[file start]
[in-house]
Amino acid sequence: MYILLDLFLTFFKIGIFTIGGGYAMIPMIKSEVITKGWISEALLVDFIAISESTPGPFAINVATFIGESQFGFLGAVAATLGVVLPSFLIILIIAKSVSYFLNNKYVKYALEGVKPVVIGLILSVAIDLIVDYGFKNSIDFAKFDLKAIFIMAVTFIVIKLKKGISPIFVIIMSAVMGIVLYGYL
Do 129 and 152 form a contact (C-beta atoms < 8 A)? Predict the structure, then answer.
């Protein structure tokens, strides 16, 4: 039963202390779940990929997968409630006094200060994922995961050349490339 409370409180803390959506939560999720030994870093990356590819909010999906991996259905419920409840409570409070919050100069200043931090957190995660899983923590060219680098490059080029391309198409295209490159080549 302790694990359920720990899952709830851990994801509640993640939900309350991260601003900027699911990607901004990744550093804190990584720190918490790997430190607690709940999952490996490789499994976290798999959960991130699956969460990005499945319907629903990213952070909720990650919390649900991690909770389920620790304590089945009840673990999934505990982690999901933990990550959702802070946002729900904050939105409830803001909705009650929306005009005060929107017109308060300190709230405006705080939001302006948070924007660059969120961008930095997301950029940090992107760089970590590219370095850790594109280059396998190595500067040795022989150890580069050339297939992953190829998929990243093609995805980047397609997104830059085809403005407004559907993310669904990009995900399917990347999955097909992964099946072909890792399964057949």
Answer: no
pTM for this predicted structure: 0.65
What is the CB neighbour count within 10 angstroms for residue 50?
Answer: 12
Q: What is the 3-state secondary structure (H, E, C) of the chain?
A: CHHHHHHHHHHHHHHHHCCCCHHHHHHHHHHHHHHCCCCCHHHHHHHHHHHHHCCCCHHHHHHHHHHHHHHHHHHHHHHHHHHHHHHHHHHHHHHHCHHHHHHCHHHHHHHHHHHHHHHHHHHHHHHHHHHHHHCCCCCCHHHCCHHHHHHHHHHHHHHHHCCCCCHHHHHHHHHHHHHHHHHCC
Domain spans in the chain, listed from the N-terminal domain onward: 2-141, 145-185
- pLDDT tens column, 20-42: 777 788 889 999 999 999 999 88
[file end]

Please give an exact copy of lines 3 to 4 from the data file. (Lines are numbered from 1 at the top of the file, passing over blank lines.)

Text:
Do 129 and 152 form a contact (C-beta atoms < 8 A)? Predict the structure, then answer.
């Protein structure tokens, strides 16, 4: 039963202390779940990929997968409630006094200060994922995961050349490339 409370409180803390959506939560999720030994870093990356590819909010999906991996259905419920409840409570409070919050100069200043931090957190995660899983923590060219680098490059080029391309198409295209490159080549 302790694990359920720990899952709830851990994801509640993640939900309350991260601003900027699911990607901004990744550093804190990584720190918490790997430190607690709940999952490996490789499994976290798999959960991130699956969460990005499945319907629903990213952070909720990650919390649900991690909770389920620790304590089945009840673990999934505990982690999901933990990550959702802070946002729900904050939105409830803001909705009650929306005009005060929107017109308060300190709230405006705080939001302006948070924007660059969120961008930095997301950029940090992107760089970590590219370095850790594109280059396998190595500067040795022989150890580069050339297939992953190829998929990243093609995805980047397609997104830059085809403005407004559907993310669904990009995900399917990347999955097909992964099946072909890792399964057949």